The Beauty of Humanity Movement–Camilla Gibb

beauty of humanity movement

Novels reach us in all kinds of ways.  This one reached me through a trip out of town and a browse through an unfamiliar bookstore’s bargain shelves.  The cover and title are beautiful and, because it was a bargain price, I thought a purchase could not be wrong.  This purchase was an unexpected gem.

Hu’ng makes pho the old way.  He is called Old Man Hu’ng by his customers.  His restaurant is wherever he can find space and avoid the authorities:  the footprint of a new hotel pool, the construction site of a shopping mall, the sides of the roads.  His customers find him by word of mouth and smell.  Two customers, Binh and Tu, are his family through Hu’ng’s connection with Binh’s father, Dao, a revolutionary poet who was betrayed by the revolution for which he called.

Hu’ng’s restaurant is in the marginal spaces of Hanoi and he lives in a similar space, a shantytown around a lake that had been contaminated in the heyday of the Communist regime.  He and his neighbor, Lan, once in love, have not spoken in decades.  Binh and his wife, Anh, live the quiet lives of North Vietnamese raised in the post-revolution era, but their son, Tu, wants more and, to get it, he has become a tour guide for American tourists, mostly Vietnam War veterans.

They have a comfortable routine that is disrupted by the arrival of a beautiful Viet Kieu woman, Maggie, searching for memories of her artist father, who was broken in a re-education camp.  At first, Hu’ng cannot help her, but her arrival sets in motion the return of a flood of memories for Hu’ng and a flood of new dreams for Tu.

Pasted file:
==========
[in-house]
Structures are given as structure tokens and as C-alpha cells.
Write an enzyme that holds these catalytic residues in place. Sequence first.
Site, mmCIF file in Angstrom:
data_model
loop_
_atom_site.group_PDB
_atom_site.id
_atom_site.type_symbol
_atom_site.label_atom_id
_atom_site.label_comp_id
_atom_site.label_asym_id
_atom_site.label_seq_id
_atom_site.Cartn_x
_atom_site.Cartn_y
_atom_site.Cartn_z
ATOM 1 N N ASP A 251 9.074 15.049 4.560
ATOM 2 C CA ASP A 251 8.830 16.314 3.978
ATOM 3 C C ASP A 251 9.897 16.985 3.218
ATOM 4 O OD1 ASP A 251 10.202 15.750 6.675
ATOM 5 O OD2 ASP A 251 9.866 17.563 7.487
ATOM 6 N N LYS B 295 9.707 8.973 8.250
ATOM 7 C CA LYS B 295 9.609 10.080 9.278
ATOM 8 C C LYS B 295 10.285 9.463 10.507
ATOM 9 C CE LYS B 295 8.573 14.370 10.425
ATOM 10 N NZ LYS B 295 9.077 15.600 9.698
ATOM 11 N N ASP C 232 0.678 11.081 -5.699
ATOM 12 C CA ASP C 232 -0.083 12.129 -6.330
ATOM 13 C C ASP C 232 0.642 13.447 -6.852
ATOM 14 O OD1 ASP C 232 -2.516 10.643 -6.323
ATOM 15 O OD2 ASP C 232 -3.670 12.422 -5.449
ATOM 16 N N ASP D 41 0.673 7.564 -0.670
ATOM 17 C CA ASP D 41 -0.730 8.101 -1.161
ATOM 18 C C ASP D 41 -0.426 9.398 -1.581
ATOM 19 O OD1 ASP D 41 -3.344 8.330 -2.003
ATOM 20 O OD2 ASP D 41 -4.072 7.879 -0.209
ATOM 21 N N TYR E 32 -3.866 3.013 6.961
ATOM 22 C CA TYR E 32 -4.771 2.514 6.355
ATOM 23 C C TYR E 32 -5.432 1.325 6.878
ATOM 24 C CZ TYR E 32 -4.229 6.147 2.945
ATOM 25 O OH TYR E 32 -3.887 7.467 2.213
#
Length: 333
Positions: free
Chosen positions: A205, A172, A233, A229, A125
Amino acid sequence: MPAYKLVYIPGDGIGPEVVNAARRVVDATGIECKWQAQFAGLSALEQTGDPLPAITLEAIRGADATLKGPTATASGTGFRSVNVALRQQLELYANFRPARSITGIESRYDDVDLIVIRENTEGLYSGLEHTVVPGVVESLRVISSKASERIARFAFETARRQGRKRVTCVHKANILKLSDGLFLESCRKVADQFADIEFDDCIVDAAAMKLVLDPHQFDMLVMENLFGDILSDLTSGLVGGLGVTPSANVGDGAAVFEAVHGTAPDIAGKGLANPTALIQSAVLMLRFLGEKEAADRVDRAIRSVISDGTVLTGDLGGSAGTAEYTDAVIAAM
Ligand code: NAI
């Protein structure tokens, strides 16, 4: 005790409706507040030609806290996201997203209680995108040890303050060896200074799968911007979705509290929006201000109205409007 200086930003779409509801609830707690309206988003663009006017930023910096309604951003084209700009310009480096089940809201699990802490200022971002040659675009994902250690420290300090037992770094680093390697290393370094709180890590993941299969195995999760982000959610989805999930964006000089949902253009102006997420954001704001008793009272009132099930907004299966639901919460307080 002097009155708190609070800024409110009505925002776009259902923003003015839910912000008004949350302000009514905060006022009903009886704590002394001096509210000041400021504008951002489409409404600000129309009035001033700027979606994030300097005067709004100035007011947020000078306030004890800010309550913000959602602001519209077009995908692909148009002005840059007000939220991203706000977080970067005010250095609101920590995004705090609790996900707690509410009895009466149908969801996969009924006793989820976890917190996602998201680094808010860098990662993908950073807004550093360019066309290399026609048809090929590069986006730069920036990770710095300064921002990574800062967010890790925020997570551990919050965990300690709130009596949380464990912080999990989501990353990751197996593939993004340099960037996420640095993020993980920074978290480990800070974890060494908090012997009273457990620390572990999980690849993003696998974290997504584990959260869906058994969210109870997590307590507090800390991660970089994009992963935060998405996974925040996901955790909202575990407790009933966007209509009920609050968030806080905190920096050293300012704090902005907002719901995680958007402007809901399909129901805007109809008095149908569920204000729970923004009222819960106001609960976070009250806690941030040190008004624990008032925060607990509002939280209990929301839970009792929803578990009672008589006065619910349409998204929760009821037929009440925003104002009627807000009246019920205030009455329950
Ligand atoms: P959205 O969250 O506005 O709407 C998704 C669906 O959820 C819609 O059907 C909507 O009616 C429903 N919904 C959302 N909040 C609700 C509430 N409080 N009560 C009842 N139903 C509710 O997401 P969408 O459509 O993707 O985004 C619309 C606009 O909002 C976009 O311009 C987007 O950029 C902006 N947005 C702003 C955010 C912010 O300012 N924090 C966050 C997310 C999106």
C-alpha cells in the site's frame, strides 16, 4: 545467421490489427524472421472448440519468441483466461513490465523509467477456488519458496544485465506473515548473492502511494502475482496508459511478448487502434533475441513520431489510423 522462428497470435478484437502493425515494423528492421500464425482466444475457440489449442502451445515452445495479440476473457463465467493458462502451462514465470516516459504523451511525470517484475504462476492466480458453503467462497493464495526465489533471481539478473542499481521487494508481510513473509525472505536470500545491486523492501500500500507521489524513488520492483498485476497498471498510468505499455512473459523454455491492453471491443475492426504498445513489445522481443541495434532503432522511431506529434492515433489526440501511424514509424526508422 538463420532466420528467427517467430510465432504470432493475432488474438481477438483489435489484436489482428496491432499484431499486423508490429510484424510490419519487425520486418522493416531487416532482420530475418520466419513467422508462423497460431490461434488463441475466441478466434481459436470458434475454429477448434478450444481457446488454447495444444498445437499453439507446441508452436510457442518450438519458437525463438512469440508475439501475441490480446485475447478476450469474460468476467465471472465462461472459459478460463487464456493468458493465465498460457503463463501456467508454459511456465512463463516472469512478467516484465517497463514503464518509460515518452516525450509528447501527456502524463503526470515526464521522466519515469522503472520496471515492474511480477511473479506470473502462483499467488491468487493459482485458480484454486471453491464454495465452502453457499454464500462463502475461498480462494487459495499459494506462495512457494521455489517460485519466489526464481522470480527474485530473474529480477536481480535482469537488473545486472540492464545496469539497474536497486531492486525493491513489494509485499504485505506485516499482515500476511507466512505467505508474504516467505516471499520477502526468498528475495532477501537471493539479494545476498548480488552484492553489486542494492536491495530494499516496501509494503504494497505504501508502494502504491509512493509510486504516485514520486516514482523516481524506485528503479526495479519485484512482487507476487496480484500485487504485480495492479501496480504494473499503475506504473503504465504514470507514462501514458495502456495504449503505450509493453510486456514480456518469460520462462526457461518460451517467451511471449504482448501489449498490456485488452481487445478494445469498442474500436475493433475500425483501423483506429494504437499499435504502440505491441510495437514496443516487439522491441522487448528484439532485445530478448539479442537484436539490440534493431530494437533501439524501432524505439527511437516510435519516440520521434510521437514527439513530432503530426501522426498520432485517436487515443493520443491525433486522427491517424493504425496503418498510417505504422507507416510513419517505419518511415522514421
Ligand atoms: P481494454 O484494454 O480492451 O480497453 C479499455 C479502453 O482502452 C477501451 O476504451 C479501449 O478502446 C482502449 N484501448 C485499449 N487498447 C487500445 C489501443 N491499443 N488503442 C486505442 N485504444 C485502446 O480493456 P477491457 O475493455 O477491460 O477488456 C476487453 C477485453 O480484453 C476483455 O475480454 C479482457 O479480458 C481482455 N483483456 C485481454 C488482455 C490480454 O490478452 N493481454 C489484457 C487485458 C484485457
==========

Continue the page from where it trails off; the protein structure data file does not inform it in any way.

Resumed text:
Gibb does not romanticize the Communist era, unlike the art Tu guides Maggie to scout in workshops across Hanoi, but Hu’ng’s memories reveal the warmth between people that made the harsh reality of Communist life livable.  The beauty of humanity.  The bonds between the working-class people surrounding Hu’ng’s pho stand in stark contrast to the naked self-interest of those interacting with the West and prostituting Vietnam’s history and culture for personal gain.

Gibb’s characters are appealing in their flaws, even the minor characters, like Tu’s musician/driver friend, Phu’o’ng, who ends up a minor celebrity through the Westernized television show, Vietnam Idol.  Her quiet skill is such that her previous novel, Sweetness in the Belly, is on my “must read” list.

Finished 9/28/13

 

Buddha in the Attic–Julie Otsuka (Audio)

buddha in the attic

Buddha is left in the attic.  He will remain there for decades, unnoticed.  Their neighbors noticed their disappearance and asked questions, but soon normalized their absence and accepted the reasons fed to them.

They came for many reasons.  The common thread of their experience was their disappointment at seeing their husbands when they disembarked.  Photographs had not lied in likeness, but in time.  Older men, less fortunate men, met them at the shoreline.  They took them that night in a passage that will haunt me forever.

They bear their children in the fields.  They lose their children in the fields.  They clean other women’s homes.  They sleep with other women’s husbands.

The voice of the Japanese women in Otsuka’s novel is one and many.  They feel the same differently.  The audio is particularly moving when the accented voice disappears, like the women into the internment camps, and the narration is taken over by a voice that sounds painfully white.  This novel is prose and poetry, beautiful and awful.

Finished 9/20/13